“I am experiencing many signs of perimenopause. I can’t sleep, I’m tired all the time, I’m anxious about everything and OMG, the flooding periods. I went to my doctor and asked to have my hormones tested. He refused and told me that it wouldn’t be useful because I was too young (42) and hormone levels change constantly. He did an FSH and it was in “normal” range. I was offered birth control pills and an antidepressant, but I don’t want that! I know there’s something hormonal going on and I want to get to the bottom of it. Help!”
The scenario above is so common in my practice! Hormone testing is controversial in the medical community. Traditional practitioners suggest that testing is not useful because “hormone levels change all the time.” This is true, but any lab test is a snapshot in time. In my practice, I find testing useful to look at the magnitude of the imbalances that may be present and the metabolic pathways the woman’s body prefers. The test I most often use is the DUTCH test.
DUTCH is an easy at-home test to do that helps me create a plan of action for my clients. You collect 4 or 5 urine samples over the course of a day, let it dry on filter paper, then pack it up and send it to the lab. Easy peasy!
Here are 7 reasons why it is my go-to tool for uncovering hormone imbalances:
- The DUTCH test can tell you if you are estrogen dominant. Estrogen dominance is one of the most problematic hormone imbalances that modern women face today. This occurs when you don’t have enough progesterone to balance out your estrogen and is VERY common in perimenopause. Symptoms of estrogen dominance include PMS, migraines, heavy periods, moodiness, weight gain, and breast tenderness (among others).
- It gives you a comprehensive look at cortisol production by your adrenal glands. Saliva adrenal testing only measures the free fraction of cortisol, which is around 1% of your production. The DUTCH measures free and total (metabolized) cortisol for a better look at overall production. Metabolized cortisol comprises 80% of your total production and is a better marker of overall adrenal health. A saliva panel doesn’t offer this deep dive and many a woman has been told she has “adrenal fatigue” when her overall production of cortisol is fine.
- The DUTCH test can point to possible thyroid or insulin resistance problems. The DUTCH test doesn’t measure thyroid hormones or insulin specifically (that requires blood), but the relationship of free to metabolized cortisol may suggest that a workup for thyroid or blood sugar problems is in order. Low metabolized cortisol along with high free levels suggests poor cortisol clearance and the thyroid governs this process. High metabolized cortisol compared to free cortisol can indicate insulin resistance.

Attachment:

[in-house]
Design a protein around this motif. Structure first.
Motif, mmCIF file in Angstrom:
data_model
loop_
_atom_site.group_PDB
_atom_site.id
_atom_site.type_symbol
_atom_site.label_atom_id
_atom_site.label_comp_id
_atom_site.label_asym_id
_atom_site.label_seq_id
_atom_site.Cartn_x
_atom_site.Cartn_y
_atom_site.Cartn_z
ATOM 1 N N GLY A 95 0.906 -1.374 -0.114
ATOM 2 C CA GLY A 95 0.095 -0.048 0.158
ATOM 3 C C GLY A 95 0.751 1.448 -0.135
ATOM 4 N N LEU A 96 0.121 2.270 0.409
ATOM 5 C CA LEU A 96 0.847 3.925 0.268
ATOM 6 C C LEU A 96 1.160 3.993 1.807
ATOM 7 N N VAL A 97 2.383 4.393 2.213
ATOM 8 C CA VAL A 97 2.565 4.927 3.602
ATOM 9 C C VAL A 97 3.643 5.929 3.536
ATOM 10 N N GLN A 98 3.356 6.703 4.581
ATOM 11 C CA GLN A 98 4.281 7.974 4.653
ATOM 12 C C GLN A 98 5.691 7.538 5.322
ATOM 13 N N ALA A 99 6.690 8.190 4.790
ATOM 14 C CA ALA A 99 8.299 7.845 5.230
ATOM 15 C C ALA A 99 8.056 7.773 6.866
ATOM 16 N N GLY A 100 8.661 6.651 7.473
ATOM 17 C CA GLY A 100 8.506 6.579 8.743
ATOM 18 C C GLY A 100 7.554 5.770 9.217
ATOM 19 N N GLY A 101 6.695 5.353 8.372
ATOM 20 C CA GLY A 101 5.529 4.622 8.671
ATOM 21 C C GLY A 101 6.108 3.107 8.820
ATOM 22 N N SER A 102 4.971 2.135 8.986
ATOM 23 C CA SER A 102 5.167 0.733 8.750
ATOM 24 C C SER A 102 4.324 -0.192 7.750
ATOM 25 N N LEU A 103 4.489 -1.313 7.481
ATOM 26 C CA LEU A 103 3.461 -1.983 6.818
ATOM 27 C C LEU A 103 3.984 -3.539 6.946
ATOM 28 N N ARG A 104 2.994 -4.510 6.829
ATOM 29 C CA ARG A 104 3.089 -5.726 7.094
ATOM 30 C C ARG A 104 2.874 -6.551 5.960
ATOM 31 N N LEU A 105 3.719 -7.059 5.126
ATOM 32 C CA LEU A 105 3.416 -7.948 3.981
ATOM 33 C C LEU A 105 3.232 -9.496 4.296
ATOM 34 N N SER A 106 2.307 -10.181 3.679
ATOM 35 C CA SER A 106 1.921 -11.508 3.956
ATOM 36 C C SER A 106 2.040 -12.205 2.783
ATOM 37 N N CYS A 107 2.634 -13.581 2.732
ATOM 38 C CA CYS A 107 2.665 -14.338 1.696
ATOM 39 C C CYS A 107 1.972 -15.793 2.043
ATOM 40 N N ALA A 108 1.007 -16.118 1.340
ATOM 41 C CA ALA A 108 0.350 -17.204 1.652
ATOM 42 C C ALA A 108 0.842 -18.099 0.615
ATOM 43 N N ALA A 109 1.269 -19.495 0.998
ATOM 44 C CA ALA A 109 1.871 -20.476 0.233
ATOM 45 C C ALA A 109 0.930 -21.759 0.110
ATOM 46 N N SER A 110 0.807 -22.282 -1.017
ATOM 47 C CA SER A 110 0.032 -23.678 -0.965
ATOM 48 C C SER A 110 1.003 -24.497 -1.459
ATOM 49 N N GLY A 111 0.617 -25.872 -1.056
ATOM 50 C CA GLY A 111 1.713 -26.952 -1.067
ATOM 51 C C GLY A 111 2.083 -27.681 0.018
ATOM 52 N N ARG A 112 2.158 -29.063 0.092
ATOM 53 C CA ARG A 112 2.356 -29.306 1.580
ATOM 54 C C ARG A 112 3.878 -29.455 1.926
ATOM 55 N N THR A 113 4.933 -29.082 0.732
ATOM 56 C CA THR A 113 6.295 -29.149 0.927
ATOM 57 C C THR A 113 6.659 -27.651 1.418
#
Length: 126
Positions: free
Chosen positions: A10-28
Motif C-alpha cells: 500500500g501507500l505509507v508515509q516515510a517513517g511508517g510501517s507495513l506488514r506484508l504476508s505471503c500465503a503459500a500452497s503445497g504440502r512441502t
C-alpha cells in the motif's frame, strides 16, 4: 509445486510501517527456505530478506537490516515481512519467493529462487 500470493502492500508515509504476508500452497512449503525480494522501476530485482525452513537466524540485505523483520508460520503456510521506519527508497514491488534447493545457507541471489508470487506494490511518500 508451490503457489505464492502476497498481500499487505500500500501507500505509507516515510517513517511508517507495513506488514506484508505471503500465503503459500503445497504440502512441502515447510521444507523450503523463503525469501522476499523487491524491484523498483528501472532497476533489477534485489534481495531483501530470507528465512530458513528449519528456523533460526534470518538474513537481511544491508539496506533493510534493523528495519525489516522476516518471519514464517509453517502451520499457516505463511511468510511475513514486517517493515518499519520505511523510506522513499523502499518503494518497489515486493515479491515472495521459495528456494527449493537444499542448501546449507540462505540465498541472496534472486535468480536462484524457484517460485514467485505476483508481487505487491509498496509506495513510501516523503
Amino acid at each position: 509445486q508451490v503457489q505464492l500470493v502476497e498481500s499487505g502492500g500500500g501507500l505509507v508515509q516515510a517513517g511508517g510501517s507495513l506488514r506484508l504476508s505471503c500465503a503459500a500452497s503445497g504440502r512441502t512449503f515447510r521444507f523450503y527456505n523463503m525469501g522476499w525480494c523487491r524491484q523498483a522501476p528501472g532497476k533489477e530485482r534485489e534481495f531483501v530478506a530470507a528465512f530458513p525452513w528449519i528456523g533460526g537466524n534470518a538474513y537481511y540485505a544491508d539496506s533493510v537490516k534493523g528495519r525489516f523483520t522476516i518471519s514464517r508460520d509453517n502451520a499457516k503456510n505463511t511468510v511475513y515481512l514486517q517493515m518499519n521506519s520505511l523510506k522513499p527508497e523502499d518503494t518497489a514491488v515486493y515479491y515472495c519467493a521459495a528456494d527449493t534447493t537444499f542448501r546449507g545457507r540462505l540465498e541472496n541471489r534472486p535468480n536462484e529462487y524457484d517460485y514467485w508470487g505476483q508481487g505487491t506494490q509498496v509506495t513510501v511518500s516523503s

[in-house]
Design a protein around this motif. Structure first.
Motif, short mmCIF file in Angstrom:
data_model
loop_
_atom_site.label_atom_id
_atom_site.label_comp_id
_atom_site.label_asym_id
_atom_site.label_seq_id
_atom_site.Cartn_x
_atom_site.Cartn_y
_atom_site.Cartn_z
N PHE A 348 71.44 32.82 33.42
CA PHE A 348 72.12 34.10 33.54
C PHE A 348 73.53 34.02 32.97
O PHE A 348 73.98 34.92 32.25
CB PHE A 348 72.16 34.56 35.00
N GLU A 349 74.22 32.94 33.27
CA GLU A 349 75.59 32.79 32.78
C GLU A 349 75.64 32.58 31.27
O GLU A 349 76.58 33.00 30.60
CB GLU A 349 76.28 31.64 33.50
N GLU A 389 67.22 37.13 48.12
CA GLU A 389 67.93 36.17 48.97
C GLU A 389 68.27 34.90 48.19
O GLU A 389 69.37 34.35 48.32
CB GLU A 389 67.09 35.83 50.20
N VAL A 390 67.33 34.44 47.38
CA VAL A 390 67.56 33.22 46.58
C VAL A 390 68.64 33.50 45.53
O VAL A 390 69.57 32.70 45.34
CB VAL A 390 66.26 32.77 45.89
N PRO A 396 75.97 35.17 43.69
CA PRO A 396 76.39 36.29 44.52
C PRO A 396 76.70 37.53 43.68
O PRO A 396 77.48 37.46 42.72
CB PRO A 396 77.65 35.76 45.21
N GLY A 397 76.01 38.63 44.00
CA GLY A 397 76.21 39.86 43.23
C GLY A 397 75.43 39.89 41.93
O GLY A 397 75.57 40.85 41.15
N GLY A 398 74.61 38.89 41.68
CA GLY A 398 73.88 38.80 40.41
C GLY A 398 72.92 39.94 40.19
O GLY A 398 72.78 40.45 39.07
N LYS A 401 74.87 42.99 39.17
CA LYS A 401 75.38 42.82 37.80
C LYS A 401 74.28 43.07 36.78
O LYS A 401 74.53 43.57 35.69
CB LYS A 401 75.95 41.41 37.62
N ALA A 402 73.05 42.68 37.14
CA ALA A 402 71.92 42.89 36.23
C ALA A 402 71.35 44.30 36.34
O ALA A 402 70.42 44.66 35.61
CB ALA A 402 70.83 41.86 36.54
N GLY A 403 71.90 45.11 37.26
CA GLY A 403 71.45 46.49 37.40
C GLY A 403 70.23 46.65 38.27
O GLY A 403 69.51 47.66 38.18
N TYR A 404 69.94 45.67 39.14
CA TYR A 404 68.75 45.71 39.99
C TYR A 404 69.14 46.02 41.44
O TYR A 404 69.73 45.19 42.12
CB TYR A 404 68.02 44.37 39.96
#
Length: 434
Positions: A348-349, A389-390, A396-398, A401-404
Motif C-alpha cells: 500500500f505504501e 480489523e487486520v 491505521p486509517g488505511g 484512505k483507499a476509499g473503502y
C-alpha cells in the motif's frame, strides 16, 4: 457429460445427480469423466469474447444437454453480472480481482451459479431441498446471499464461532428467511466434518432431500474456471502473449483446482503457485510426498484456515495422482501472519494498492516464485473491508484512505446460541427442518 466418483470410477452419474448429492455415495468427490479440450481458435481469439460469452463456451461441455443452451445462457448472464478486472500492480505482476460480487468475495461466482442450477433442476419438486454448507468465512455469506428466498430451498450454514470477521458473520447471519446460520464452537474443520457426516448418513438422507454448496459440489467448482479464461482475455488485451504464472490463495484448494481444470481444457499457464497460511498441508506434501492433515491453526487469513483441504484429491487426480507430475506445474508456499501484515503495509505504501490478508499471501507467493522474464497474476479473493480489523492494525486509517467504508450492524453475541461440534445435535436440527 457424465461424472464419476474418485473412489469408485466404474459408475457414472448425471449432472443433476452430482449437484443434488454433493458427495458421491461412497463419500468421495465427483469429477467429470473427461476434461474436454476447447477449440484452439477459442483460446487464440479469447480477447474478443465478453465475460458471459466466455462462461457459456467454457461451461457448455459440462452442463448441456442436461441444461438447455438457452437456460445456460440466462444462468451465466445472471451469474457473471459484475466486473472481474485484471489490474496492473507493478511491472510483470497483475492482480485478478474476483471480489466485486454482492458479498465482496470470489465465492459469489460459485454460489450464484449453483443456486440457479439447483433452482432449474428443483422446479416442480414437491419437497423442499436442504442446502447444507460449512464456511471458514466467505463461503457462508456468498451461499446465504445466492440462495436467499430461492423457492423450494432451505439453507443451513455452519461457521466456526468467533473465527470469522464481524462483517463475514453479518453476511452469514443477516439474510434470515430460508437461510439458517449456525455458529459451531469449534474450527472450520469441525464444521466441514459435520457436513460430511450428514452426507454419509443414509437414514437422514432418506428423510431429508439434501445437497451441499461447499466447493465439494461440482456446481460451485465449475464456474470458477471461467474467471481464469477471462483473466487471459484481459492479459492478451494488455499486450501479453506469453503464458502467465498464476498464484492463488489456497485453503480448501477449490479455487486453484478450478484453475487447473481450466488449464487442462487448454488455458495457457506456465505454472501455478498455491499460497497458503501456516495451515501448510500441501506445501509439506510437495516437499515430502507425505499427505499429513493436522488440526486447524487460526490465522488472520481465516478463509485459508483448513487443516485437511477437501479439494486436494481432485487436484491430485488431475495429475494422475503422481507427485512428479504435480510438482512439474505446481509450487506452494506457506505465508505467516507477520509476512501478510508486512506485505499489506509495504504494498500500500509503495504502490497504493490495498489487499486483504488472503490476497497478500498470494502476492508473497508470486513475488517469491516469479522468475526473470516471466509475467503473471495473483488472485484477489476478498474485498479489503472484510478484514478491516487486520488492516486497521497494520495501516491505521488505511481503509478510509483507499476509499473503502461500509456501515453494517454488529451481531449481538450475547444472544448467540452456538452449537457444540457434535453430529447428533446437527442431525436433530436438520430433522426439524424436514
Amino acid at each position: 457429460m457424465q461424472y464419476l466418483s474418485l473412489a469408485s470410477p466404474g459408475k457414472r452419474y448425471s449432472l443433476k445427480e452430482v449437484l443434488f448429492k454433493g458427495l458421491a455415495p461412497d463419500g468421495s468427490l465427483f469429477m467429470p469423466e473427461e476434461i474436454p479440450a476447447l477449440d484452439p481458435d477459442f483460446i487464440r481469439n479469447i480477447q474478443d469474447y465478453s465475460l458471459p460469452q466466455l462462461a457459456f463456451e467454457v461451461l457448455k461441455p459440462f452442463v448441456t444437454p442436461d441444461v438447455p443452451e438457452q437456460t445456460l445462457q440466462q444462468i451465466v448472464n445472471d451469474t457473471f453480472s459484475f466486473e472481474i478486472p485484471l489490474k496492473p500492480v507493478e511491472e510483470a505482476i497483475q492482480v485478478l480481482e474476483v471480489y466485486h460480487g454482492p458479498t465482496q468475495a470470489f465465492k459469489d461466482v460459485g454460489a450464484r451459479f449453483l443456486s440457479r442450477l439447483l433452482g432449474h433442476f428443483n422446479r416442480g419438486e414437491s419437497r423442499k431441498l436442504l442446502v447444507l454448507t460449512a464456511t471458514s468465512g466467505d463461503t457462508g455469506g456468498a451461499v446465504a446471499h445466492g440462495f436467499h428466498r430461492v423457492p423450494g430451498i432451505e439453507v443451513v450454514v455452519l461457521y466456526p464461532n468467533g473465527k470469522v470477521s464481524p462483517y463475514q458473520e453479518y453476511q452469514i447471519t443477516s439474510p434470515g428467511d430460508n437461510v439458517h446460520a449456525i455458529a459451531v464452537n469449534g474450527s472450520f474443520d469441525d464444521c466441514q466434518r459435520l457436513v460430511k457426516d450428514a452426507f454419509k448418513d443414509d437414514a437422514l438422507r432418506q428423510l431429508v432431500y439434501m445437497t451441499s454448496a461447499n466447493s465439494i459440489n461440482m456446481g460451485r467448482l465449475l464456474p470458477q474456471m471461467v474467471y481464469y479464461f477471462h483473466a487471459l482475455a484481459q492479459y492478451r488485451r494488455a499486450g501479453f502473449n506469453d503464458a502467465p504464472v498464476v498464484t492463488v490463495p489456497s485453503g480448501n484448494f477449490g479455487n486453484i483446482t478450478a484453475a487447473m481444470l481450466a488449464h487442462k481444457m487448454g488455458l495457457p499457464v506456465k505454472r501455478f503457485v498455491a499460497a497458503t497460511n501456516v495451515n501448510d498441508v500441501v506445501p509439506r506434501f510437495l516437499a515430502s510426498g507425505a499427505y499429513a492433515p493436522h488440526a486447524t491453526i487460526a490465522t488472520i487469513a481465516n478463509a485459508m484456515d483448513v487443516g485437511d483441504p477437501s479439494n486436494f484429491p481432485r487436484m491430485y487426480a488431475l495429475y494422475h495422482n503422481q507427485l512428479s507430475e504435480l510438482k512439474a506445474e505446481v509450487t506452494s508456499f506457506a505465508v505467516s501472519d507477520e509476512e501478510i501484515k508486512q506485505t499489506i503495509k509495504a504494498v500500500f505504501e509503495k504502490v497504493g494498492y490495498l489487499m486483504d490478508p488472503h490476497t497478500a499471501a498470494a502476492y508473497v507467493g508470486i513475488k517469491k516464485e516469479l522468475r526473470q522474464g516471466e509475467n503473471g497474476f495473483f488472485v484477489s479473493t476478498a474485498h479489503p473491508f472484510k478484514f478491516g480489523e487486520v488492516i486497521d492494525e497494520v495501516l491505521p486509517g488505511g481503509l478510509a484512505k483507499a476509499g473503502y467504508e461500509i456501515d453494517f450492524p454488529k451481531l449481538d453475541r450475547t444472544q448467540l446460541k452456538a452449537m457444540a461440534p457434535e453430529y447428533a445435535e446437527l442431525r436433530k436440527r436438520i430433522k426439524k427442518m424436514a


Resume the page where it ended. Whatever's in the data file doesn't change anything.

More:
- The DUTCH test gives you a total picture of DHEA production. DHEA is made in the adrenal glands and promotes an overall feeling of well-being. It also is the precursor to estrogen and testosterone. The DUTCH test measures DHEA and DHEA-S. DHEA-S is a sulfated form of DHEA. If DHEA-S is lower than DHEA, this may indicate inflammation in the body.
- Insight into the breakdown of estrogen. This is one of the biggest advantages of the DUTCH test. Elimination of estrogen in the body is very important. Your body uses 3 pathways to do this.
- In Phase 1, the estrogen is broken down into 2, 4, and 16-hydroxy estrone (2-OH, 4-OH, 16-OH). Most of your estrogen should break down into the 2-OH metabolite because this is the more protective pathway. The 4-OH pathway is associated with DNA damage and increased cancer risk. The good news is that the 4-OH metabolite can be pushed to the 2-OH pathway by the use of certain supplements like DIM and rosemary.
- In Phase 2, estrogen is methylated, sulfated, or glucuronidated for further breakdown. Issues in this pathway can result in the recirculation of spent estrogen, leading to more problems with estrogen dominance.
- In Phase 3, estrogen is eliminated from the GI tract.
- The DUTCH test tells you how well you are methylating your estrogen via the COMT enzyme. Methylation of estrogen is part of the second phase of the estrogen detoxification process and is a protective step that neutralizes the hormone. COMT activity is in part genetically mediated
- The DUTCH test tells you what type of testosterone metabolites your body favors. Testosterone can break down into 5a-DHT or 5b-DHT. 5a-DHT is a more potent metabolite of testosterone and is responsible for things like acne, oily skin, thinning head hair, excess body hair, and feelings of irritability or aggression. Knowing which pathway your body prefers helps in the event DHEA or testosterone supplementation is used (and in some cases, progesterone). If you have a 5-alpha preference, there are ways to block the pathway so you’re less likely to experience adverse effects.
Dr. Anna Garrett is a menopause expert and Doctor of Pharmacy. She helps women who are struggling with symptoms of perimenopause and menopause find natural hormone balancing solutions so they can rock their mojo through midlife and beyond. Dr. Anna is the author of Perimenopause: The Savvy Sister’s Guide to Hormone Harmony. Order your copy at www.perimenopausebook.com.
Dr. Anna is available for 1-1 consultations. Find out more at www.drannagarrett.com/lets-